Abstract

This paper presents the results from a survey on the attitudes toward reverse mortgages of homeowners aged 45 and over in the Netherlands. We find that there is substantial potential interest in reverse mortgages, especially for the purpose of being able to live more comfortably and not worry about money until death, or to be able to spend a large sum of money upon retirement on hobbies, home improvements or traveling. A similar study has been done for Italy, where results differ from those related to the Netherland. For Italian households a reverse mortgage is primarily seen as a last resort. We use two different frames for suggestions on the use of the loan – own consumption versus bequest – and find that the latter significantly raises interest in reverse mortgages of people with a bequest wish. We interpret this as evidence that people are unaware of the potential of reverse mortgages to optimize the timing of bequests. Women are less interested, while demand is highest among those around retirement age, depends positively on the ratio of housing wealth over income and on the perceived riskiness of future pensions, and negatively on the expected replacement ratio. We find a counterintuitive result for bequest timing, as people are more interested if the age difference with the oldest child is larger.

See on cerp.carloalberto.org

28
Ago
14

Investor Behavior By the Book

See on Scoop.itBounded Rationality and Beyond

As you might imagine, people send me more books to review than I can possibly read.

And, truthfully, despite their hype, many don’t offer much in the way of useful information for advisors. Occasionally, though, I’ll get an email from a publisher about a new book that looks interesting. This was the case with “Investor Behavior: The Psychology of Financial Planning and Investing,” a collection of articles compiled by H. Kent Baker, professor of finance at American University’s Kogod School of Business, and Victor Ricciardi, assistant professor of financial management at Goucher College.

My interest was piqued by my long fascination with the relatively new discipline of behavioral finance and its even newer cousin, behavioral economics. For those who have been in a coma for the past 20 years, back in the late 1980s, some economists became uncomfortable with the general economic assumption that people tend to act rationally when it comes to their finances. (I know, financial planners have been aware of this fallacy since the early ‘70s; academics tend to catch on more slowly.) Some of them thought it might be interesting to study what investors actually do in given situations; when it turned out that most of us are far less rational than previously thought, a new area of study was born.

See on thinkadvisor.com

27
Ago
14

Solar Flares and Risk Management for Investors

See on Scoop.itBounded Rationality and Beyond

On 1 September 1859, the sun emitted a large solar flare releasing approximately 6 × 1025 joules of energy (i.e., a massive amount). Telegraph systems all over the world — which were connected by copper wires — failed, in some cases giving telegraph operators electric shocks; in other cases, cascades of sparks spontaneously erupted from telegraph lines. Amazingly, some telegraph equipment that wasn’t plugged in continued to receive messages. In the days that followed the solar storm, which came to be known as the Carrington Event, auroras were seen around the world — including as far south as the Caribbean and Ecuador. Fireballs were spotted in the sky. Equipment connected to this “Victorian internet” caught fire. What might happen to today’s internet if the sun were to emit another solar flare? What does this mean for risk management?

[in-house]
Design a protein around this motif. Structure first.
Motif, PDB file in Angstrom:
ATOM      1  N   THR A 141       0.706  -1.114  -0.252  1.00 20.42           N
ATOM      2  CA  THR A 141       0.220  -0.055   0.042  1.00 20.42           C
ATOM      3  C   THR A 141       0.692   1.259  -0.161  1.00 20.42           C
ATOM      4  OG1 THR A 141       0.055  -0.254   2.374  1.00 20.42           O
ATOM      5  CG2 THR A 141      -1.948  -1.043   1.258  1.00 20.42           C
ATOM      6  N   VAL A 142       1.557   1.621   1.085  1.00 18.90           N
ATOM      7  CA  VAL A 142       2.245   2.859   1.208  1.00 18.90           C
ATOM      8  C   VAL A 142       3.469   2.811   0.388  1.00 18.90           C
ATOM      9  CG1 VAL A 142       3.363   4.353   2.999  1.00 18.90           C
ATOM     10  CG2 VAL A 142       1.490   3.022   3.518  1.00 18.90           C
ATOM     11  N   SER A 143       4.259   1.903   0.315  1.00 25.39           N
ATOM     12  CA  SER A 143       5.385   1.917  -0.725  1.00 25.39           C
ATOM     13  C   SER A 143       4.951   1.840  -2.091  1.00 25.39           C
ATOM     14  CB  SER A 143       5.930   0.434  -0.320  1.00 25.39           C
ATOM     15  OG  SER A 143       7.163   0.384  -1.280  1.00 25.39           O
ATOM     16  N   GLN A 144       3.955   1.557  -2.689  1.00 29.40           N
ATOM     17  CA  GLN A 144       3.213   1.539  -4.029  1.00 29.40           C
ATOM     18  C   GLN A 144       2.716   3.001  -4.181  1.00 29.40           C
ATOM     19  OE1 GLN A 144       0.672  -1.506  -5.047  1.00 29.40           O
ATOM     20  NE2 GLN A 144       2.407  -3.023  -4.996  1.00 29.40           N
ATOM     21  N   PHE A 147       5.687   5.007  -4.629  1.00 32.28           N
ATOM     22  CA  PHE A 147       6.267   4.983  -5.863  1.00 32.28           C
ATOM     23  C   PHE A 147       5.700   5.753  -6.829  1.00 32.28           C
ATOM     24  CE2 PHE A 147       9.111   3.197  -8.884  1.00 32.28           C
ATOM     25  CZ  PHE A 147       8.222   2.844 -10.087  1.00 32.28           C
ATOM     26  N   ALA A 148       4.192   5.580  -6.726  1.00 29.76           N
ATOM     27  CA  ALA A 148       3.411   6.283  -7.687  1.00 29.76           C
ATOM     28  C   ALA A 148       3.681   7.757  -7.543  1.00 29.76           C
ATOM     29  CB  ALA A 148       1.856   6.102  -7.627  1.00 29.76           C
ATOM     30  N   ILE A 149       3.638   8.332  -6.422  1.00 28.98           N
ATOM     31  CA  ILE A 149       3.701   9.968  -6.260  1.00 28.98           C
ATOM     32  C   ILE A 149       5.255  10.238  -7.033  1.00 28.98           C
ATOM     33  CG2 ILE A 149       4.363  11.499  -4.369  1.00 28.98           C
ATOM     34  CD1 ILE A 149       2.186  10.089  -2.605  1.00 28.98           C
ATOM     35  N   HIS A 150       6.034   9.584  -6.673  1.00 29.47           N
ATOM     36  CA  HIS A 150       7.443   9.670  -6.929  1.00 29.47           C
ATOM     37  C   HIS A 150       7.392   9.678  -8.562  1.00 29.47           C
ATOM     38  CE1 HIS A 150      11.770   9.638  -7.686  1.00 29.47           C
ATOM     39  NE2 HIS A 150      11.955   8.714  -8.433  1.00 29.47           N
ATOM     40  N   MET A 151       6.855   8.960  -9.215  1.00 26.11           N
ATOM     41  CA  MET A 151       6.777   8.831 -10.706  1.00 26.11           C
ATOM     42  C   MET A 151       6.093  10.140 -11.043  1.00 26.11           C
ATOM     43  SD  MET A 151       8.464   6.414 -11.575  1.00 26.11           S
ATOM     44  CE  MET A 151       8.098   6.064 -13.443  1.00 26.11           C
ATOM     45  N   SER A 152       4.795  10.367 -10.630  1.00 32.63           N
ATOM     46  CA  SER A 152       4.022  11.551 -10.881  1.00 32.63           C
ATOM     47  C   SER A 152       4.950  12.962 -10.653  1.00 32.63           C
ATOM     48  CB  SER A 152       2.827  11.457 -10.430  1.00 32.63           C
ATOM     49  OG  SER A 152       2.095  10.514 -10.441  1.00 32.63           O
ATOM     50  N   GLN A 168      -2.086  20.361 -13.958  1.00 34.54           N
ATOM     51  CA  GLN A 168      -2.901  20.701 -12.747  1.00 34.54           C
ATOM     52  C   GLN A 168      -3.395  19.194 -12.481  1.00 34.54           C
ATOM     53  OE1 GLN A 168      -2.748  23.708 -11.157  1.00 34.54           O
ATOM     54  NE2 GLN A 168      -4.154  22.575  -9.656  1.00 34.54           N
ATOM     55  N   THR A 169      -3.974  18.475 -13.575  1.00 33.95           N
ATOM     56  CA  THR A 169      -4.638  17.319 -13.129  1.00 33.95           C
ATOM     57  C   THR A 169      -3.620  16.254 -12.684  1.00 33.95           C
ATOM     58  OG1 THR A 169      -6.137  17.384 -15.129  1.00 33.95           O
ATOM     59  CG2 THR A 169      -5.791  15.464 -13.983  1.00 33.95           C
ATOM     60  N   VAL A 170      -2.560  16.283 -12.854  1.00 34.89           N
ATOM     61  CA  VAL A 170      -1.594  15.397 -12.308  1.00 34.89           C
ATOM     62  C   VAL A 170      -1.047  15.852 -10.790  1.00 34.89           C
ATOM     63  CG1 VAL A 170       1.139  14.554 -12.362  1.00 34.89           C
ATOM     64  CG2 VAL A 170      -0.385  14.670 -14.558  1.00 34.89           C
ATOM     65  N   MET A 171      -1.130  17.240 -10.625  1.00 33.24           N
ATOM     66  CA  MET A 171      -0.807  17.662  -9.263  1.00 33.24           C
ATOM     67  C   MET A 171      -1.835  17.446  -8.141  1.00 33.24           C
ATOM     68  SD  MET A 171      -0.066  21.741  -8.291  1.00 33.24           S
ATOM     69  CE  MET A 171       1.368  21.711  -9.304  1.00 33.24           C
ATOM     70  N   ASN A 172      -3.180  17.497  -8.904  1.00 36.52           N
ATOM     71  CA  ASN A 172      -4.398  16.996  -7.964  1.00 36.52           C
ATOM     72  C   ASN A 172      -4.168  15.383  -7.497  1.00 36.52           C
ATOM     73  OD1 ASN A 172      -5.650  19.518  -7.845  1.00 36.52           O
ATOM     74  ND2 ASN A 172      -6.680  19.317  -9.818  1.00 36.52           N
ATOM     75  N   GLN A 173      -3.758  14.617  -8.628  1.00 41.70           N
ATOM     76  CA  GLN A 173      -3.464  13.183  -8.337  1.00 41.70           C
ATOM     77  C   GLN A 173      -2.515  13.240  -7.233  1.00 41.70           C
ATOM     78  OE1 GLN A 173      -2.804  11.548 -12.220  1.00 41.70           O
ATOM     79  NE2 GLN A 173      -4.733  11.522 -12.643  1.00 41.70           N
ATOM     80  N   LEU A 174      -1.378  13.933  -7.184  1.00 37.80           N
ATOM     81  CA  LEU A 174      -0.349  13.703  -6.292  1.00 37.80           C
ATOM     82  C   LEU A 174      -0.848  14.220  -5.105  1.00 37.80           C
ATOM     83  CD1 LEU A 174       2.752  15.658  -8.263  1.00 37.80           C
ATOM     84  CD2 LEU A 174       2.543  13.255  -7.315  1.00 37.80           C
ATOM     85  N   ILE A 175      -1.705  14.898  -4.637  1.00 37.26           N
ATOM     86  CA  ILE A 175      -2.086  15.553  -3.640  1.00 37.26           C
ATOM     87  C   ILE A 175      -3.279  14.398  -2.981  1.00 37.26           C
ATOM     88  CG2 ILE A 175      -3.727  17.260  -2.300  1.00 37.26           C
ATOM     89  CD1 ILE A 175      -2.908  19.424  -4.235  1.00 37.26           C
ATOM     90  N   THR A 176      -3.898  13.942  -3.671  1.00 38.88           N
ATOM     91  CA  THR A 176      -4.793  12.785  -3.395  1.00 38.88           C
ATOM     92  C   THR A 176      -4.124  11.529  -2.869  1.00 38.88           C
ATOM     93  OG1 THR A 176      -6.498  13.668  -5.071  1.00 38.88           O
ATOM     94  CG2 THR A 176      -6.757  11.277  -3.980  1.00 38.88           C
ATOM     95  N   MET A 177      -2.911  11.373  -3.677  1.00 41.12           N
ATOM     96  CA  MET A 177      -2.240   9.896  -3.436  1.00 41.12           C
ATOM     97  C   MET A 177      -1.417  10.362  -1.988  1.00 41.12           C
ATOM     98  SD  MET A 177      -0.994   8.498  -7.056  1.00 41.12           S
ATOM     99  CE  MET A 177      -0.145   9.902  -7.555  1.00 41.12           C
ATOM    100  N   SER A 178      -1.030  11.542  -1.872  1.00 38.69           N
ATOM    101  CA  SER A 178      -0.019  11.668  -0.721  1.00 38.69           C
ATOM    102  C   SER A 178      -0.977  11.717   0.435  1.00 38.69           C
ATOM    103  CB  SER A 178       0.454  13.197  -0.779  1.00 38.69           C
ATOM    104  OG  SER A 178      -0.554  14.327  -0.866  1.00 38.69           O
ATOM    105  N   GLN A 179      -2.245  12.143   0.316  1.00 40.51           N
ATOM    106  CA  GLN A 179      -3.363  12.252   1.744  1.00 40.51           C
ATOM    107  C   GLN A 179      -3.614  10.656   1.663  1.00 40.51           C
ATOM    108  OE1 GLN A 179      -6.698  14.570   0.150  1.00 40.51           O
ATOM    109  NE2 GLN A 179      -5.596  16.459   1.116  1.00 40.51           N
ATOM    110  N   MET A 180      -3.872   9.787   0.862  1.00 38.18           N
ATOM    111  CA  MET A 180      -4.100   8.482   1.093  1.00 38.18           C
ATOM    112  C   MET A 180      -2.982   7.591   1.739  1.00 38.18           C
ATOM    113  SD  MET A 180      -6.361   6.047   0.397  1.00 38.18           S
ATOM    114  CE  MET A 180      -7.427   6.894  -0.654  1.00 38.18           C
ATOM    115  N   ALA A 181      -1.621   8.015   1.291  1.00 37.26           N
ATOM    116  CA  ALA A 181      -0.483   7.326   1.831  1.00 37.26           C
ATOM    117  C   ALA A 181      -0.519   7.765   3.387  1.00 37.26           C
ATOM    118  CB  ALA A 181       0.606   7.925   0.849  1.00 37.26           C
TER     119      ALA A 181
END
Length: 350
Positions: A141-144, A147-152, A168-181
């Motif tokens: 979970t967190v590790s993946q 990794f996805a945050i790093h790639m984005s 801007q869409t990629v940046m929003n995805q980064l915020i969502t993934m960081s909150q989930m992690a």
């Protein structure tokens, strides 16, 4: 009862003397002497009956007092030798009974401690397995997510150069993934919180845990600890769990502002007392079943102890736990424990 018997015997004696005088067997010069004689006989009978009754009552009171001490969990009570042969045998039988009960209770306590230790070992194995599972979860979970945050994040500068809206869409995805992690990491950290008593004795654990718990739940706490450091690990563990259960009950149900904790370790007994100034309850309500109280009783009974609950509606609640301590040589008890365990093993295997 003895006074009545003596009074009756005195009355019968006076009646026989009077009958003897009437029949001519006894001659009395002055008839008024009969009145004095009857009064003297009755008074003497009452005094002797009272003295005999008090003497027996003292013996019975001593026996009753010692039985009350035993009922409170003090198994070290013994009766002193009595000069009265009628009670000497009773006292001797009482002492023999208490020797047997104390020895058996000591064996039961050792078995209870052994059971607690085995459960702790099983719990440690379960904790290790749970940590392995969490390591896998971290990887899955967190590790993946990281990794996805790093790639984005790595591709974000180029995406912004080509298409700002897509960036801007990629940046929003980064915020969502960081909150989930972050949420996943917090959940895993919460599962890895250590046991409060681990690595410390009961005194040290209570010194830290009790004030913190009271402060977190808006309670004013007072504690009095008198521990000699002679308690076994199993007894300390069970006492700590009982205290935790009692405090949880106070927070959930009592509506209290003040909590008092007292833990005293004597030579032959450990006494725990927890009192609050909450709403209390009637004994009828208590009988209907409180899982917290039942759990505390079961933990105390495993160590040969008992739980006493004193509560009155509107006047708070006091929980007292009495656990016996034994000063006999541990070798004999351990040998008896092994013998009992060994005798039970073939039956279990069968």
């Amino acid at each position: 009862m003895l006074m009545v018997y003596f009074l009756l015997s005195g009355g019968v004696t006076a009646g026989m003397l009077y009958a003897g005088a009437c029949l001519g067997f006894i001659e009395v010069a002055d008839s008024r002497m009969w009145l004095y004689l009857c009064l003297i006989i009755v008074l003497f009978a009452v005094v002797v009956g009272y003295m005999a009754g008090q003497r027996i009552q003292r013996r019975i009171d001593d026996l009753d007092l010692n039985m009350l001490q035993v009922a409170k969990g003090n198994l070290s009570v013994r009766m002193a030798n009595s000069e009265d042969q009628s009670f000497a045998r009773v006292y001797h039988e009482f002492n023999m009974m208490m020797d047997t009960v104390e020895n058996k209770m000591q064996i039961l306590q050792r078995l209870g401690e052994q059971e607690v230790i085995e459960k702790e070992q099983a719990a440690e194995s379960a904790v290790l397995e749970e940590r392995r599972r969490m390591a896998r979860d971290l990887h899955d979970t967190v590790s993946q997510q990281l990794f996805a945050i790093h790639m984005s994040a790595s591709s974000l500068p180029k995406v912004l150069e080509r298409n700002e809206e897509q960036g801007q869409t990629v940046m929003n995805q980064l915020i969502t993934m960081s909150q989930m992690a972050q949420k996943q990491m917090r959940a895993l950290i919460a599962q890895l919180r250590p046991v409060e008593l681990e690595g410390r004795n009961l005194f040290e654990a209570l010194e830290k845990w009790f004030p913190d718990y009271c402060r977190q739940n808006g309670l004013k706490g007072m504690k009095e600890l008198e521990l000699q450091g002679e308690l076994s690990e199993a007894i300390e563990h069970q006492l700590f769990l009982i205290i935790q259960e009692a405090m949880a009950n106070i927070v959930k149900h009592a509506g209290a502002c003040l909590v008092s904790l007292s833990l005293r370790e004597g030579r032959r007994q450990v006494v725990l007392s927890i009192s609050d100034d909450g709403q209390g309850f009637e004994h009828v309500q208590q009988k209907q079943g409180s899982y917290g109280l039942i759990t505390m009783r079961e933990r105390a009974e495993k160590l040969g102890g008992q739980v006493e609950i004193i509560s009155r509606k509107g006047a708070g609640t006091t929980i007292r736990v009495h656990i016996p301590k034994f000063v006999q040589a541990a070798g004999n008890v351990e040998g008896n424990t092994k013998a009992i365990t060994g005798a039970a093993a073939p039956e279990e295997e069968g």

On 23 July 2012, there was a similar coronal mass ejection (CME) released by the sun, only this time the CME narrowly missed Earth. Had the CME occurred just seven days earlier, it would have directly hit planet Earth. According the the US Geological Survey, such an event has a 6%–7% chance of happening in the next 10 years. NASA scientist Daniel Baker calculates that there is a 12% chance that the earth will encounter another Carrington Event within the next 10 years.

See on blogs.cfainstitute.org

27
Ago
14

Daniel McFadden: Understanding better how people really make choices

See on Scoop.itBounded Rationality and Beyond

The way our brains work is key to understanding how consumers really make choices, argues Nobel Laureate Daniel McFadden.

Some consumers suffer from “agoraphobia” or a fear of markets according to new research presented by Nobel laureate Daniel McFadden that throws doubt on the classical idea that people are driven by relentless and consistent pursuit of self-interest to maximise their well-being.
Professor McFadden entitled his paper The New Science of Pleasure, to purposefully play on a phrase coined by Anglo-Irish political economist Francis Edgeworth some 130 years ago.

He told the audience of young economists and fellow laureates at the 5th Lindau Meeting on Economic Sciences on 22 August that new studies of consumer behaviour that drew on psychology, sociology, biology and neurology gave economists a deeper understanding of how consumers made choices.
Rational analysis says that we should relish choice and the opportunities offered by markets. “Yet we are in fact challenged by choice and we use all kinds of ways such as procrastination to avoid having to make choices. One of the reasons is that there are risks associated with making choices,” he said.

See on blog.lindau-nobel.org




Time is real? I think not

agosto: 2014
L M M G V S D
 123
45678910
11121314151617
18192021222324
25262728293031

Commenti recenti

Inserisci il tuo indirizzo e-mail per iscriverti a questo blog e ricevere notifiche di nuovi messaggi per e-mail.

Unisciti ad altri 1.147 follower

Latest Tweets


%d blogger hanno fatto clic su Mi Piace per questo: